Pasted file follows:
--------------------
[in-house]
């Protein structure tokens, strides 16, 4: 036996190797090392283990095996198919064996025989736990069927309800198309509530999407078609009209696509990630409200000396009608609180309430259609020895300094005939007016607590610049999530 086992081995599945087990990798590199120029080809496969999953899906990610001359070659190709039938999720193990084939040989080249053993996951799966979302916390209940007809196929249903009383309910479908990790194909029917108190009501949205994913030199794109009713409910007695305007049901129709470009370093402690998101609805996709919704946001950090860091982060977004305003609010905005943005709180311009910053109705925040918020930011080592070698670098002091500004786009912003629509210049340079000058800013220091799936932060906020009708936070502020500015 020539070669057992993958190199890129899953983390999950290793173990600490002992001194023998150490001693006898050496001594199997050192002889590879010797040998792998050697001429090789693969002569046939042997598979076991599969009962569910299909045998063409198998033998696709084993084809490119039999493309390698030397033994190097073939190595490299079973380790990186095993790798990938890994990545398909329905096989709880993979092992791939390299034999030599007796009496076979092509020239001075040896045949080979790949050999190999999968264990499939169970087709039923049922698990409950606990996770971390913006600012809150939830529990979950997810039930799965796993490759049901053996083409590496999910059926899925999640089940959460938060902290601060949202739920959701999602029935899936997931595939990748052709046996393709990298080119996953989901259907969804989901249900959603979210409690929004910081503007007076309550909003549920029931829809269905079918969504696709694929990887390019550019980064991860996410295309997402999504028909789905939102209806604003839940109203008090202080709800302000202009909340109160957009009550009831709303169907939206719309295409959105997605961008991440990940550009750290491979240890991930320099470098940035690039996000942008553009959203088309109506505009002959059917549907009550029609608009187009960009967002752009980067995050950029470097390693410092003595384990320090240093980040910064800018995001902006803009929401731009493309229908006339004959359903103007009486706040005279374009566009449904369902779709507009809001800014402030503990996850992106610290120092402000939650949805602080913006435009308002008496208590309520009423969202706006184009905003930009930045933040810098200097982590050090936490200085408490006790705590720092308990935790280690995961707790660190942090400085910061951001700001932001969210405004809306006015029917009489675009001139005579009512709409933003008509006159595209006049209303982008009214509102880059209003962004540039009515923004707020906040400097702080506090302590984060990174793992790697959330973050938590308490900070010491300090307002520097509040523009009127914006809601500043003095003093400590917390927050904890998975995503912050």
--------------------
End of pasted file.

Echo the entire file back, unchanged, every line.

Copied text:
[in-house]
């Protein structure tokens, strides 16, 4: 036996190797090392283990095996198919064996025989736990069927309800198309509530999407078609009209696509990630409200000396009608609180309430259609020895300094005939007016607590610049999530 086992081995599945087990990798590199120029080809496969999953899906990610001359070659190709039938999720193990084939040989080249053993996951799966979302916390209940007809196929249903009383309910479908990790194909029917108190009501949205994913030199794109009713409910007695305007049901129709470009370093402690998101609805996709919704946001950090860091982060977004305003609010905005943005709180311009910053109705925040918020930011080592070698670098002091500004786009912003629509210049340079000058800013220091799936932060906020009708936070502020500015 020539070669057992993958190199890129899953983390999950290793173990600490002992001194023998150490001693006898050496001594199997050192002889590879010797040998792998050697001429090789693969002569046939042997598979076991599969009962569910299909045998063409198998033998696709084993084809490119039999493309390698030397033994190097073939190595490299079973380790990186095993790798990938890994990545398909329905096989709880993979092992791939390299034999030599007796009496076979092509020239001075040896045949080979790949050999190999999968264990499939169970087709039923049922698990409950606990996770971390913006600012809150939830529990979950997810039930799965796993490759049901053996083409590496999910059926899925999640089940959460938060902290601060949202739920959701999602029935899936997931595939990748052709046996393709990298080119996953989901259907969804989901249900959603979210409690929004910081503007007076309550909003549920029931829809269905079918969504696709694929990887390019550019980064991860996410295309997402999504028909789905939102209806604003839940109203008090202080709800302000202009909340109160957009009550009831709303169907939206719309295409959105997605961008991440990940550009750290491979240890991930320099470098940035690039996000942008553009959203088309109506505009002959059917549907009550029609608009187009960009967002752009980067995050950029470097390693410092003595384990320090240093980040910064800018995001902006803009929401731009493309229908006339004959359903103007009486706040005279374009566009449904369902779709507009809001800014402030503990996850992106610290120092402000939650949805602080913006435009308002008496208590309520009423969202706006184009905003930009930045933040810098200097982590050090936490200085408490006790705590720092308990935790280690995961707790660190942090400085910061951001700001932001969210405004809306006015029917009489675009001139005579009512709409933003008509006159595209006049209303982008009214509102880059209003962004540039009515923004707020906040400097702080506090302590984060990174793992790697959330973050938590308490900070010491300090307002520097509040523009009127914006809601500043003095003093400590917390927050904890998975995503912050």